|Title||Top Ten Reasons the World Wide Web May Fail to Change Medical Education|
|Author(s)||Richard Bruce Friedman, MD|
|Source||Academic Medicine, Vol. 71, No. 9, Pages 979-981|
|Publication Date||Sept. 1996|
|Abstract||The Internet's World Wide Web (WWW) offers educators a unique opportunity to introduce computer-assisted instructional (CAI) programs into the medical school curriculum. With the WWW, CAI programs developed at one medical school could be successfully used at other institutions without concern about hardware or software compatibility; further, programs could be maintained and regularly updated at a single central location, could be distributed rapidly, would be technology-independent, and would be presented in the same format on all computers. |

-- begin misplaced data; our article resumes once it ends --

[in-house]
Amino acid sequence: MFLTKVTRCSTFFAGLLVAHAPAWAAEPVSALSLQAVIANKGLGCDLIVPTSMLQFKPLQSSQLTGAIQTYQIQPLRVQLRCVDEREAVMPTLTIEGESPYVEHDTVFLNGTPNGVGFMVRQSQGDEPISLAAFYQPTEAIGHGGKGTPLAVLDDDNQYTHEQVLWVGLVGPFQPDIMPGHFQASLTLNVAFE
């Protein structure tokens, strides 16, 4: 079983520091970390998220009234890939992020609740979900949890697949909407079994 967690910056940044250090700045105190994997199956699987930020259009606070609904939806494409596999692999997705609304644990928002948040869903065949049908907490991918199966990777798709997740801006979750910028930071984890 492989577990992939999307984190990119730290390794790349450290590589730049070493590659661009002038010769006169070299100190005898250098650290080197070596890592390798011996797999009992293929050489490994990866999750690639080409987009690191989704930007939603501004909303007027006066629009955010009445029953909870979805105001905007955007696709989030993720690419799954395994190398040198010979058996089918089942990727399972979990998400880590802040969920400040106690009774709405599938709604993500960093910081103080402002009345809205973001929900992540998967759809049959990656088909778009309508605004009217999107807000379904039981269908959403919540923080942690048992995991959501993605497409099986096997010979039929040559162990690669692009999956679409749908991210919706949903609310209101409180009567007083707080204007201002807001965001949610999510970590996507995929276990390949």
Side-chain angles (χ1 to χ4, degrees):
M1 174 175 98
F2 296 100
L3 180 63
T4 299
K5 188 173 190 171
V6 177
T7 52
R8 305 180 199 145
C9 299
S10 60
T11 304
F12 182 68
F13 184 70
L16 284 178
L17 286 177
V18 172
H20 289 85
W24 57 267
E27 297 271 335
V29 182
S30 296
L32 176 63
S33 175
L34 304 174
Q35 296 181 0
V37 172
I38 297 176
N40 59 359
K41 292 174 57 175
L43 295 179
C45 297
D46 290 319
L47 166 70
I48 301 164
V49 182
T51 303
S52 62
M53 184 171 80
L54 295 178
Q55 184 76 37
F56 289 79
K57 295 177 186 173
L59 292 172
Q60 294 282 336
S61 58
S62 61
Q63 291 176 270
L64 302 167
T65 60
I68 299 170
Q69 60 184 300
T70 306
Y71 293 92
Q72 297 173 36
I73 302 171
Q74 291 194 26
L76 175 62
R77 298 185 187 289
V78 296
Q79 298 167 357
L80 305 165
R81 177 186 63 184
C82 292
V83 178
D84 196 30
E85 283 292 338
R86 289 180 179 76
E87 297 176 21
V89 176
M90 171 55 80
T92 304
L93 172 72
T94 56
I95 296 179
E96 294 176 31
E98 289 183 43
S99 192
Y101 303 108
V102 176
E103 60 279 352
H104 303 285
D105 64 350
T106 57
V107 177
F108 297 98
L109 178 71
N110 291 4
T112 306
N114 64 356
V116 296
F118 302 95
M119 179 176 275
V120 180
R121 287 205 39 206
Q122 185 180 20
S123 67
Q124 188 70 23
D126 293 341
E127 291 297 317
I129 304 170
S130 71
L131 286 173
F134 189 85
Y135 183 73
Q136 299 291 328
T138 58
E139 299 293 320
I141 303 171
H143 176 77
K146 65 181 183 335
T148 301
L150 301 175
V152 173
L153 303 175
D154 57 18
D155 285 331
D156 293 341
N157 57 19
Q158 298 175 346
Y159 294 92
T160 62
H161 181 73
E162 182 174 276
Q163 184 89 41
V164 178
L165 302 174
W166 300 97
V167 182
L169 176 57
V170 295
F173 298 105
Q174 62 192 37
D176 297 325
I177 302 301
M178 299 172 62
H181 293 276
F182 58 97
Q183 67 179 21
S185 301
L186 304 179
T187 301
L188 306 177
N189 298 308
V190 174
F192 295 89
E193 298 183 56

However, while the WWW holds promise for CAI, the author discusses ten reasons that educators' efforts to fulfill the Web's promise may fail, including the following: CAI is generally not fully integrated into the medical school curriculum; students are not tested on material taught using CAI; and CAI programs tend to be poorly designed. The author argues that medical educators must overcome these obstacles if they are to make truly effective use of the WWW in the classroom.